In Closing

Although I’ve taken some breaks from the game, there are so many aspects to it that I often find something new to do. Right now, I’m helping to rebuild a town in Rohan that was burned to the ground by orcs. As I complete various quests, sections of town are being rebuilt, and I don’t intend to stop until the whole town is restored. And after that, there’s a set of armor I want to collect, and then there are some Reputation quests I want to fulfill, and some deeds for slaying certain monsters, and…

Well, you get the idea. The game has done a marvelous job at always having something new to do. I look forward to years of gameplay to come. Gondor and Mordor haven’t even been touched, and we’ve barely scratched the surface of places like Fangorn Forest. If Turbine can get the rights to the locations from the Hobbit as well, then there’ll be more of Mirkwood, and Esgaroth, and more. I’m even hoping the game will move out to areas like Rhun, Umbar, and the realms of the Easterlings and Southrons.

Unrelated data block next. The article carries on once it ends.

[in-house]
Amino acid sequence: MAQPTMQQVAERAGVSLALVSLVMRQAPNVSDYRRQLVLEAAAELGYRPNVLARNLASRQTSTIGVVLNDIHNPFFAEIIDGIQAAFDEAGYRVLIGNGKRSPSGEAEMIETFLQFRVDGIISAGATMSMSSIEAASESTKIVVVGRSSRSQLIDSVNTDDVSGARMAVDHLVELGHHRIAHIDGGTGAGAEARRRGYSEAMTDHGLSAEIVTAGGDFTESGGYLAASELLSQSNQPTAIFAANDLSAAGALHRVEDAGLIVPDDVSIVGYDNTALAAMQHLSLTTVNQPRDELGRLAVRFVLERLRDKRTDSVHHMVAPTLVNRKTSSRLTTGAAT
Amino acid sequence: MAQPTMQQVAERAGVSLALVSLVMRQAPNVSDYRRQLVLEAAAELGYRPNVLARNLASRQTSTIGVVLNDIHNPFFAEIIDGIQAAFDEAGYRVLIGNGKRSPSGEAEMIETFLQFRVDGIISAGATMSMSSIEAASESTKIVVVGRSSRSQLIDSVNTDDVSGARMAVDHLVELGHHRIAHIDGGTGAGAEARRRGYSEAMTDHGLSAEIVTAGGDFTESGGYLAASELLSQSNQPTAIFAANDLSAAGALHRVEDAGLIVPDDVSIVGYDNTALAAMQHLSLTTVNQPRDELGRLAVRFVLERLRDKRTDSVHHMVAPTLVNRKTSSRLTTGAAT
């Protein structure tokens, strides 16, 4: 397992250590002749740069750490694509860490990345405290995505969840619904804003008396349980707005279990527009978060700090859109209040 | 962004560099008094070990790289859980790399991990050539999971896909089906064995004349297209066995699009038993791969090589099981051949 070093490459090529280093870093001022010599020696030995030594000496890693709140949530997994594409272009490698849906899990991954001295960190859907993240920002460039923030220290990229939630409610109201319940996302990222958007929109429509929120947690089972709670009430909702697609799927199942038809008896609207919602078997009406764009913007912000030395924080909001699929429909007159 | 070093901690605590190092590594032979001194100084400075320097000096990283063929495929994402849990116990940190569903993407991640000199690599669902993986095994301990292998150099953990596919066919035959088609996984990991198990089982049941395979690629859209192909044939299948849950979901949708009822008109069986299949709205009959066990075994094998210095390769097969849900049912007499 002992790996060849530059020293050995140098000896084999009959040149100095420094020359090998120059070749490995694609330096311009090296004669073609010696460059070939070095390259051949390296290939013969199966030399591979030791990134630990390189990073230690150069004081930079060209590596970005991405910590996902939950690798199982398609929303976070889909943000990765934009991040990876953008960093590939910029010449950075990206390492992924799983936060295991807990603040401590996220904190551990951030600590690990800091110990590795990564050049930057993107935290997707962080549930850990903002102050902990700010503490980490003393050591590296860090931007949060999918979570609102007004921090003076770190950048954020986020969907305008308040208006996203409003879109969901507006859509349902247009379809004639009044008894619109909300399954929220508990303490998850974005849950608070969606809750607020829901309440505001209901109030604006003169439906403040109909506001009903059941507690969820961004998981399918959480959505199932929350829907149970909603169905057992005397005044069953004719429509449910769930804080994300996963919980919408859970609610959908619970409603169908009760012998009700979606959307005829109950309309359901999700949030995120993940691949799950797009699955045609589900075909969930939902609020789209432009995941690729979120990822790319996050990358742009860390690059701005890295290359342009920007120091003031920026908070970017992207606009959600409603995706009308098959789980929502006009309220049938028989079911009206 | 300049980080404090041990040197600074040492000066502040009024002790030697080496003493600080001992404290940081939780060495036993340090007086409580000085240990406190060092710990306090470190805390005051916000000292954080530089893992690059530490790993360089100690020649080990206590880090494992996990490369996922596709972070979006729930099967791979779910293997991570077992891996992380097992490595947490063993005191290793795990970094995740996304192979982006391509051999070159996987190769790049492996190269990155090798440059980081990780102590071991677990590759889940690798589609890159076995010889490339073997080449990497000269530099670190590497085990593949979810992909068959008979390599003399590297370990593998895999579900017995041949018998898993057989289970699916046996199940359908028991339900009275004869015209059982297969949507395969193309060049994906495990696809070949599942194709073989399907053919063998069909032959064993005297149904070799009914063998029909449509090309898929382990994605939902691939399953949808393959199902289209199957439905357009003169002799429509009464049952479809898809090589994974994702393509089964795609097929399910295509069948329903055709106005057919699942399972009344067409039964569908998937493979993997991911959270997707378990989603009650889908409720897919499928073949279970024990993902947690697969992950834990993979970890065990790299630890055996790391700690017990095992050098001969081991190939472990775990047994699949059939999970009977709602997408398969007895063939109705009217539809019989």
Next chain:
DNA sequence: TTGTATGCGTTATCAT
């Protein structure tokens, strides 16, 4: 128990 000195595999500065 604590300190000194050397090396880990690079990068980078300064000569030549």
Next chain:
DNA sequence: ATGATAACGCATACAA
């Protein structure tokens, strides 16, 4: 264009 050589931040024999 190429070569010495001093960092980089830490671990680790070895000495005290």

There’s a lot of world out there yet to come.

Your Turn

If you’re looking to play, the game is free, and if you’d like to find me, I’m Carroll Goodwine on the Landroval server. If you’ve already played, is there something about the game that’s drawn you back? Do you feel that the game doesn’t sustain long-term game-play? Let us all know.

About GGG

Andy/GGG is a gay geek guy for sure. He's been playing D&D since he was 10, and he equates reading Tolkien with religion to some degree. He's a writer/developer for a Live Action RPG called The Isles, and he writes a comic called Circles, a gay, furry slice-of-life piece that comes out way too infrequently.